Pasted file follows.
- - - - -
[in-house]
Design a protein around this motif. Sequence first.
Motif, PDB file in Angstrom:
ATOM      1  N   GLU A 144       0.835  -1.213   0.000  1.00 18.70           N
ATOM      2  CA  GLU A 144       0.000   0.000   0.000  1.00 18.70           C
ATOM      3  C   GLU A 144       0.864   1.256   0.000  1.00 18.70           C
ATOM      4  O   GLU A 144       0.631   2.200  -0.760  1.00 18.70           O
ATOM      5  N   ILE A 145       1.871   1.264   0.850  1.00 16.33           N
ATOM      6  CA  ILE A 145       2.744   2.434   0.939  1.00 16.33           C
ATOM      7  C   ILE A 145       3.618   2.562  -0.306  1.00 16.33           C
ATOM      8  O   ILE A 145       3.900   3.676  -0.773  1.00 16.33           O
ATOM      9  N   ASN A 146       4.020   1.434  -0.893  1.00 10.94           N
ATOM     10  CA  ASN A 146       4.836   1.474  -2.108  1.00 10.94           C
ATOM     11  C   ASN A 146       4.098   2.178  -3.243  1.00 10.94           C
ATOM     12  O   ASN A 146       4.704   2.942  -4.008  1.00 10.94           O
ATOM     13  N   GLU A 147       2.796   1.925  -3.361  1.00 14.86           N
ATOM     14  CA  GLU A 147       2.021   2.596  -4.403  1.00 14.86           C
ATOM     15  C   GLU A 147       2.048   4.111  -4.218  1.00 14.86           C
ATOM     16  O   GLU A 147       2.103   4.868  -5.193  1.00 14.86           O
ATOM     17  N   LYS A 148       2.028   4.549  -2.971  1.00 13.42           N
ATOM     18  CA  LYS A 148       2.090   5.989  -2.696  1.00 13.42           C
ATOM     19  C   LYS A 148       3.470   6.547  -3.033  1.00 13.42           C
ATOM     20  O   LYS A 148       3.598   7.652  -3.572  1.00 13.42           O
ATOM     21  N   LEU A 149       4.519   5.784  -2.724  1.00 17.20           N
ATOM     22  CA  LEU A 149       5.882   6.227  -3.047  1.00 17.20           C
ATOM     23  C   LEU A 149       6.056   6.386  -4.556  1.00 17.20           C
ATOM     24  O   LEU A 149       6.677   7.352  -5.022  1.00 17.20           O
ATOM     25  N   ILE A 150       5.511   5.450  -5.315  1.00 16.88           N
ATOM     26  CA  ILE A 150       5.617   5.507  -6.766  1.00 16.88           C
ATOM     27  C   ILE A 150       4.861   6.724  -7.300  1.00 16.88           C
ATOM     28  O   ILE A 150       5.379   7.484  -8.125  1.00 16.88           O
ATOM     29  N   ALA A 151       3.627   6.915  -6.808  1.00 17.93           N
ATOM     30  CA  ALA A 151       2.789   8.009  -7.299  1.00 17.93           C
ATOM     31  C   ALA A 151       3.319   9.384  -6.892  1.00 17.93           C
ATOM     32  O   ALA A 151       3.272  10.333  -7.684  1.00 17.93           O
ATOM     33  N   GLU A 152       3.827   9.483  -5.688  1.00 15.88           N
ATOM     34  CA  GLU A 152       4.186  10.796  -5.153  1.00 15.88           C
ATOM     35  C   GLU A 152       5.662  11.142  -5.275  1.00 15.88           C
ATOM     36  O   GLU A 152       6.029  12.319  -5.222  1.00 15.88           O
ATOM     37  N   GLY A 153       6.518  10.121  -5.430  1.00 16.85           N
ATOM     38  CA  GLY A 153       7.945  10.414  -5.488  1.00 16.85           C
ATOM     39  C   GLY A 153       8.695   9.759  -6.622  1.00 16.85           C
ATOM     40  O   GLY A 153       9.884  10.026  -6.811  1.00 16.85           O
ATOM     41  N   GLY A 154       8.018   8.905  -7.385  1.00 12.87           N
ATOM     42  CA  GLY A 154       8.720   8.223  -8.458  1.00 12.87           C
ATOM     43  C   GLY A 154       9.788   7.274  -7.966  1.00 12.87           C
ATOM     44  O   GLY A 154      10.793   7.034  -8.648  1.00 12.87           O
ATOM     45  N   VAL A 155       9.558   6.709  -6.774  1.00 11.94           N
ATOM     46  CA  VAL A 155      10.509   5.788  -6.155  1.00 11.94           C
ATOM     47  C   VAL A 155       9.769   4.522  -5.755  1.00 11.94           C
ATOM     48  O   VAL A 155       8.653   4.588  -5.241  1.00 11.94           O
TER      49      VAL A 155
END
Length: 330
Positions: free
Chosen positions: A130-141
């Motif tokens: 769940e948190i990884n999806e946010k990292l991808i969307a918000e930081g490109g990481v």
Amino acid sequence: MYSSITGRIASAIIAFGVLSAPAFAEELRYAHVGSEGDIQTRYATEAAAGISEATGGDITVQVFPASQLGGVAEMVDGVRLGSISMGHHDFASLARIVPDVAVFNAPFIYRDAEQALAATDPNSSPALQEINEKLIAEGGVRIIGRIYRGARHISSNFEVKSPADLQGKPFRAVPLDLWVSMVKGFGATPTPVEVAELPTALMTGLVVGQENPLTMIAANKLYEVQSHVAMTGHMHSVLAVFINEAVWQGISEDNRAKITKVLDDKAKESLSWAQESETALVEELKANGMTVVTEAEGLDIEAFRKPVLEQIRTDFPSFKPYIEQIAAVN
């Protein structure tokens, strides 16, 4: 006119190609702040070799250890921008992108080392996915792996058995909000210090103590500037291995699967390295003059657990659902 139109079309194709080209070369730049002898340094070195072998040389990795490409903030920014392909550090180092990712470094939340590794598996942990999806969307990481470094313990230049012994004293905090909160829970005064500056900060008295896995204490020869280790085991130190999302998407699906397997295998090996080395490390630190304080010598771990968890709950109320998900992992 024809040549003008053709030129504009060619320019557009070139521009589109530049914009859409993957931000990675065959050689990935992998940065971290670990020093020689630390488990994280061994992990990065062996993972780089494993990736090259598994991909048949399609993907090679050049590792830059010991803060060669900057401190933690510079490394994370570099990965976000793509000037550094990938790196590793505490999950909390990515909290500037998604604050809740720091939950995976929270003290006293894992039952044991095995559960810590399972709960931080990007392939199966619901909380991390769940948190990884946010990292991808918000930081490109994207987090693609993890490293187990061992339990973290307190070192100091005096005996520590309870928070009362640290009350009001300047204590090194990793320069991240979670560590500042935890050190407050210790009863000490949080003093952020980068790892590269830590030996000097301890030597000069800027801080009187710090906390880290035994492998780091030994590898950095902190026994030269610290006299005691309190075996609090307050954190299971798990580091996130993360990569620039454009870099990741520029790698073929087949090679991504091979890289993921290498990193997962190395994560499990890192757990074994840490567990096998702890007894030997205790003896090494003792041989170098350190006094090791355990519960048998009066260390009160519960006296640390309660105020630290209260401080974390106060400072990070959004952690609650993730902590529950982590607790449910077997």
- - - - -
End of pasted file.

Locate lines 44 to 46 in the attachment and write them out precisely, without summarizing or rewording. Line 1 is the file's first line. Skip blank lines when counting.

ATOM     41  N   GLY A 154       8.018   8.905  -7.385  1.00 12.87           N
ATOM     42  CA  GLY A 154       8.720   8.223  -8.458  1.00 12.87           C
ATOM     43  C   GLY A 154       9.788   7.274  -7.966  1.00 12.87           C